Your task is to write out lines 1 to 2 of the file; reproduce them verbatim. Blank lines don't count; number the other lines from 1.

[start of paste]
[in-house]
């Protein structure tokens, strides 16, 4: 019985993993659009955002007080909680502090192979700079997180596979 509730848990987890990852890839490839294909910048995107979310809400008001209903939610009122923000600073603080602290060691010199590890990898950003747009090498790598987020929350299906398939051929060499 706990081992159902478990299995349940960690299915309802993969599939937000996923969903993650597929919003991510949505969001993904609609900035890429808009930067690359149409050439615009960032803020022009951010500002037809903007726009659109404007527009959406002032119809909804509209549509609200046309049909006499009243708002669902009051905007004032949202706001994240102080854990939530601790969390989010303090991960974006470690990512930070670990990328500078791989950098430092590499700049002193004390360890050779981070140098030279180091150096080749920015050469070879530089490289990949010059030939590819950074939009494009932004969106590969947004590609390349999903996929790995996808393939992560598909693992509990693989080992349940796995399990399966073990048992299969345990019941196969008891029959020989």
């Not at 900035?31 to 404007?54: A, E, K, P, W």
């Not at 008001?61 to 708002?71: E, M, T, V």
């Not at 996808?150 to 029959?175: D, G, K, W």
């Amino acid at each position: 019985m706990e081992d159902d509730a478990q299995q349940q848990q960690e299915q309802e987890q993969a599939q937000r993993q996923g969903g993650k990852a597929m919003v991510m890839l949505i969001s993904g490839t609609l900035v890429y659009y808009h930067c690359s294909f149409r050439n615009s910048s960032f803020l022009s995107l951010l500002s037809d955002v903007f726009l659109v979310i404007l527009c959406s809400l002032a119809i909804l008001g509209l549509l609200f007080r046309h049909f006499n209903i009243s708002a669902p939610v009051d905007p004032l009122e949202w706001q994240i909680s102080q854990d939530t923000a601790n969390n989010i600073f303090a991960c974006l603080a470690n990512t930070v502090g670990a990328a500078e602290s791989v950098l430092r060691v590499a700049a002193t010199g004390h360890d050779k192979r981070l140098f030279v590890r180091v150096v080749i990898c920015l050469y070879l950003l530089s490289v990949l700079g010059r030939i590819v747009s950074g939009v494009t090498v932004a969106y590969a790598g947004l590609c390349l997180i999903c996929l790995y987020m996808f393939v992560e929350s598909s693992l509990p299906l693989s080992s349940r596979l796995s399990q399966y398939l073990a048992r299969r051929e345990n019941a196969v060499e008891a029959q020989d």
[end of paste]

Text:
[in-house]
């Protein structure tokens, strides 16, 4: 019985993993659009955002007080909680502090192979700079997180596979 509730848990987890990852890839490839294909910048995107979310809400008001209903939610009122923000600073603080602290060691010199590890990898950003747009090498790598987020929350299906398939051929060499 706990081992159902478990299995349940960690299915309802993969599939937000996923969903993650597929919003991510949505969001993904609609900035890429808009930067690359149409050439615009960032803020022009951010500002037809903007726009659109404007527009959406002032119809909804509209549509609200046309049909006499009243708002669902009051905007004032949202706001994240102080854990939530601790969390989010303090991960974006470690990512930070670990990328500078791989950098430092590499700049002193004390360890050779981070140098030279180091150096080749920015050469070879530089490289990949010059030939590819950074939009494009932004969106590969947004590609390349999903996929790995996808393939992560598909693992509990693989080992349940796995399990399966073990048992299969345990019941196969008891029959020989």